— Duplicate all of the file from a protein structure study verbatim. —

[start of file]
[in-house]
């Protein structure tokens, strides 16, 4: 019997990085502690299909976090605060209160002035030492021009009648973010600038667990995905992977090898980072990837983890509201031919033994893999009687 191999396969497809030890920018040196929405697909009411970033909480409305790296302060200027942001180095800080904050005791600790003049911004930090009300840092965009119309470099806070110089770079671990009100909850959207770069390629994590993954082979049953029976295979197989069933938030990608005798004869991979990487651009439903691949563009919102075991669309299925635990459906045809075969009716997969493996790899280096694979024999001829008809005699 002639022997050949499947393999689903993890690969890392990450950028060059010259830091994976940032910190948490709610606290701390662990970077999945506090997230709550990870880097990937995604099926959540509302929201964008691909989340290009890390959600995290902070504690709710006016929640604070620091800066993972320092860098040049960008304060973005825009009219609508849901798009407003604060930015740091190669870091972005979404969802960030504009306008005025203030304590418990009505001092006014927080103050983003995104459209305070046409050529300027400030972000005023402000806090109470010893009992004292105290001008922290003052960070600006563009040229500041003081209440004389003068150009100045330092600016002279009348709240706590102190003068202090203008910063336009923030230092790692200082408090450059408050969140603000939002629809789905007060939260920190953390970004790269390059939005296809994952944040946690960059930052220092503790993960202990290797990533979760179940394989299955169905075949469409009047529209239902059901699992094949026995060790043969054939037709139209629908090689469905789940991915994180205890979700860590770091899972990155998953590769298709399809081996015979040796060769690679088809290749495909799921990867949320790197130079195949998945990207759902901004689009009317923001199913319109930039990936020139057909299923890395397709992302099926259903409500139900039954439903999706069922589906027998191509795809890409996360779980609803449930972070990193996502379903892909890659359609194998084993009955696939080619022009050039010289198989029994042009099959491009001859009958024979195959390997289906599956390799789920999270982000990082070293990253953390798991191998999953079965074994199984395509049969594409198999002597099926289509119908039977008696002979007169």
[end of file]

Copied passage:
[in-house]
């Protein structure tokens, strides 16, 4: 019997990085502690299909976090605060209160002035030492021009009648973010600038667990995905992977090898980072990837983890509201031919033994893999009687 191999396969497809030890920018040196929405697909009411970033909480409305790296302060200027942001180095800080904050005791600790003049911004930090009300840092965009119309470099806070110089770079671990009100909850959207770069390629994590993954082979049953029976295979197989069933938030990608005798004869991979990487651009439903691949563009919102075991669309299925635990459906045809075969009716997969493996790899280096694979024999001829008809005699 002639022997050949499947393999689903993890690969890392990450950028060059010259830091994976940032910190948490709610606290701390662990970077999945506090997230709550990870880097990937995604099926959540509302929201964008691909989340290009890390959600995290902070504690709710006016929640604070620091800066993972320092860098040049960008304060973005825009009219609508849901798009407003604060930015740091190669870091972005979404969802960030504009306008005025203030304590418990009505001092006014927080103050983003995104459209305070046409050529300027400030972000005023402000806090109470010893009992004292105290001008922290003052960070600006563009040229500041003081209440004389003068150009100045330092600016002279009348709240706590102190003068202090203008910063336009923030230092790692200082408090450059408050969140603000939002629809789905007060939260920190953390970004790269390059939005296809994952944040946690960059930052220092503790993960202990290797990533979760179940394989299955169905075949469409009047529209239902059901699992094949026995060790043969054939037709139209629908090689469905789940991915994180205890979700860590770091899972990155998953590769298709399809081996015979040796060769690679088809290749495909799921990867949320790197130079195949998945990207759902901004689009009317923001199913319109930039990936020139057909299923890395397709992302099926259903409500139900039954439903999706069922589906027998191509795809890409996360779980609803449930972070990193996502379903892909890659359609194998084993009955696939080619022009050039010289198989029994042009099959491009001859009958024979195959390997289906599956390799789920999270982000990082070293990253953390798991191998999953079965074994199984395509049969594409198999002597099926289509119908039977008696002979007169």